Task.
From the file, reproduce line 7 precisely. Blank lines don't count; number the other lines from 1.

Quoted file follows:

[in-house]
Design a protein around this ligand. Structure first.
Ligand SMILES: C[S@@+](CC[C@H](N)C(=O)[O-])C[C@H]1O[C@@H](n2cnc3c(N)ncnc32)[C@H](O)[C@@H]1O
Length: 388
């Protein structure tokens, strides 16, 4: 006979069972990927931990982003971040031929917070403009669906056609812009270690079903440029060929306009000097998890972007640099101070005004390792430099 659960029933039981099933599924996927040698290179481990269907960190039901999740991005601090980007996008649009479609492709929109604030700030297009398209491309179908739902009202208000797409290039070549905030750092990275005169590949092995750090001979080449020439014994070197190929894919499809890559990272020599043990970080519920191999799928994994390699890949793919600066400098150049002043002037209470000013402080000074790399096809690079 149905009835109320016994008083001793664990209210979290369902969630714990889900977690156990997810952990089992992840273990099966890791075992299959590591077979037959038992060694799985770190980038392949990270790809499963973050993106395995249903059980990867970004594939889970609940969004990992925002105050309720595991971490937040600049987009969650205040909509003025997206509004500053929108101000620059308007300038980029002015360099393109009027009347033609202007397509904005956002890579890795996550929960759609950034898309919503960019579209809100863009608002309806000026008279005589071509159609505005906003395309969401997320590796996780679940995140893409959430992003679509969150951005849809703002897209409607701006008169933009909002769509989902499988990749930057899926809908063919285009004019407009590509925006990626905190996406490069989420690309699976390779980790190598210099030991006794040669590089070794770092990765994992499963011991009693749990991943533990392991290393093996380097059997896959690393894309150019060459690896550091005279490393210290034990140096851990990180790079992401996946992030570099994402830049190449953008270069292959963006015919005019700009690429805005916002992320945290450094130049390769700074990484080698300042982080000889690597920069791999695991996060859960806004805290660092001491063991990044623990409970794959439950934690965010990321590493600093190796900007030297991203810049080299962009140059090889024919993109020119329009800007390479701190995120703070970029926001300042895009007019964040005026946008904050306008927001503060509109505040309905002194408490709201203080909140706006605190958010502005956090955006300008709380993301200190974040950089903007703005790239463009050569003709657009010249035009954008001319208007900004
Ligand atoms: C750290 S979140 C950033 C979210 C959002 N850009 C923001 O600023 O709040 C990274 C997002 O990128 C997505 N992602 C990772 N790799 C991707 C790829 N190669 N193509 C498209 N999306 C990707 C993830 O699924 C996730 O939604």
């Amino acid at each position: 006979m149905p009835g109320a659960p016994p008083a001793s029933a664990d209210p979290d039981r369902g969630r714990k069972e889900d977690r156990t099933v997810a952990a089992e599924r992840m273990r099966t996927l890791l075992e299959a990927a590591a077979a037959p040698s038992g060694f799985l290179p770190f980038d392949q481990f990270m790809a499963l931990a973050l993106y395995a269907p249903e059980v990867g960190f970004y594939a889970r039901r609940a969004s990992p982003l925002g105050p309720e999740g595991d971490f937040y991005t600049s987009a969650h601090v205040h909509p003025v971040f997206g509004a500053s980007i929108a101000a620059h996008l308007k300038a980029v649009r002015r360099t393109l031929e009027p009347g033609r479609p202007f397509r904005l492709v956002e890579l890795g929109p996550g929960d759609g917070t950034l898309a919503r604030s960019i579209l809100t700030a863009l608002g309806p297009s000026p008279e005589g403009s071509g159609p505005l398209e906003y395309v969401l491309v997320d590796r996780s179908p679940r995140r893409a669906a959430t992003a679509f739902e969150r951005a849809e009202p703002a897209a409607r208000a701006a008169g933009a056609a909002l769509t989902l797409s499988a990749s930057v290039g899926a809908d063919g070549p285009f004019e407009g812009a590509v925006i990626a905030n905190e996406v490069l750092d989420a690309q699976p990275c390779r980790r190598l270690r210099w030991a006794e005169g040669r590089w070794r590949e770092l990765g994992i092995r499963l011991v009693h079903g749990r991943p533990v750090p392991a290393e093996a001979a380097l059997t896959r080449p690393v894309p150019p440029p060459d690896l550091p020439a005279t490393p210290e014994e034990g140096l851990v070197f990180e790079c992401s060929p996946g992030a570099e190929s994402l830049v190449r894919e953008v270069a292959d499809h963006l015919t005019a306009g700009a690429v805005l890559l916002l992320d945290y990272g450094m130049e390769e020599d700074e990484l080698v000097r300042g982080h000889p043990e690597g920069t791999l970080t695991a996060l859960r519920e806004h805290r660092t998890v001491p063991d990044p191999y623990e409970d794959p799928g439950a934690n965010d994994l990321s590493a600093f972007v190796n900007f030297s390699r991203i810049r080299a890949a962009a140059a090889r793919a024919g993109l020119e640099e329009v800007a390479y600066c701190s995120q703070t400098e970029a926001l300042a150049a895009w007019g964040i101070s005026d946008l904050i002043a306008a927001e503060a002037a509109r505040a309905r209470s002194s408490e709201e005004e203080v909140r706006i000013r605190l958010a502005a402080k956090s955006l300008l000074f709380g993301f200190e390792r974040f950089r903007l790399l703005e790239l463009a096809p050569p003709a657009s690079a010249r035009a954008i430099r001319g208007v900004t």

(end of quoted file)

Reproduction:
């Amino acid at each position: 006979m149905p009835g109320a659960p016994p008083a001793s029933a664990d209210p979290d039981r369902g969630r714990k069972e889900d977690r156990t099933v997810a952990a089992e599924r992840m273990r099966t996927l890791l075992e299959a990927a590591a077979a037959p040698s038992g060694f799985l290179p770190f980038d392949q481990f990270m790809a499963l931990a973050l993106y395995a269907p249903e059980v990867g960190f970004y594939a889970r039901r609940a969004s990992p982003l925002g105050p309720e999740g595991d971490f937040y991005t600049s987009a969650h601090v205040h909509p003025v971040f997206g509004a500053s980007i929108a101000a620059h996008l308007k300038a980029v649009r002015r360099t393109l031929e009027p009347g033609r479609p202007f397509r904005l492709v956002e890579l890795g929109p996550g929960d759609g917070t950034l898309a919503r604030s960019i579209l809100t700030a863009l608002g309806p297009s000026p008279e005589g403009s071509g159609p505005l398209e906003y395309v969401l491309v997320d590796r996780s179908p679940r995140r893409a669906a959430t992003a679509f739902e969150r951005a849809e009202p703002a897209a409607r208000a701006a008169g933009a056609a909002l769509t989902l797409s499988a990749s930057v290039g899926a809908d063919g070549p285009f004019e407009g812009a590509v925006i990626a905030n905190e996406v490069l750092d989420a690309q699976p990275c390779r980790r190598l270690r210099w030991a006794e005169g040669r590089w070794r590949e770092l990765g994992i092995r499963l011991v009693h079903g749990r991943p533990v750090p392991a290393e093996a001979a380097l059997t896959r080449p690393v894309p150019p440029p060459d690896l550091p020439a005279t490393p210290e014994e034990g140096l851990v070197f990180e790079c992401s060929p996946g992030a570099e190929s994402l830049v190449r894919e953008v270069a292959d499809h963006l015919t005019a306009g700009a690429v805005l890559l916002l992320d945290y990272g450094m130049e390769e020599d700074e990484l080698v000097r300042g982080h000889p043990e690597g920069t791999l970080t695991a996060l859960r519920e806004h805290r660092t998890v001491p063991d990044p191999y623990e409970d794959p799928g439950a934690n965010d994994l990321s590493a600093f972007v190796n900007f030297s390699r991203i810049r080299a890949a962009a140059a090889r793919a024919g993109l020119e640099e329009v800007a390479y600066c701190s995120q703070t400098e970029a926001l300042a150049a895009w007019g964040i101070s005026d946008l904050i002043a306008a927001e503060a002037a509109r505040a309905r209470s002194s408490e709201e005004e203080v909140r706006i000013r605190l958010a502005a402080k956090s955006l300008l000074f709380g993301f200190e390792r974040f950089r903007l790399l703005e790239l463009a096809p050569p003709a657009s690079a010249r035009a954008i430099r001319g208007v900004t």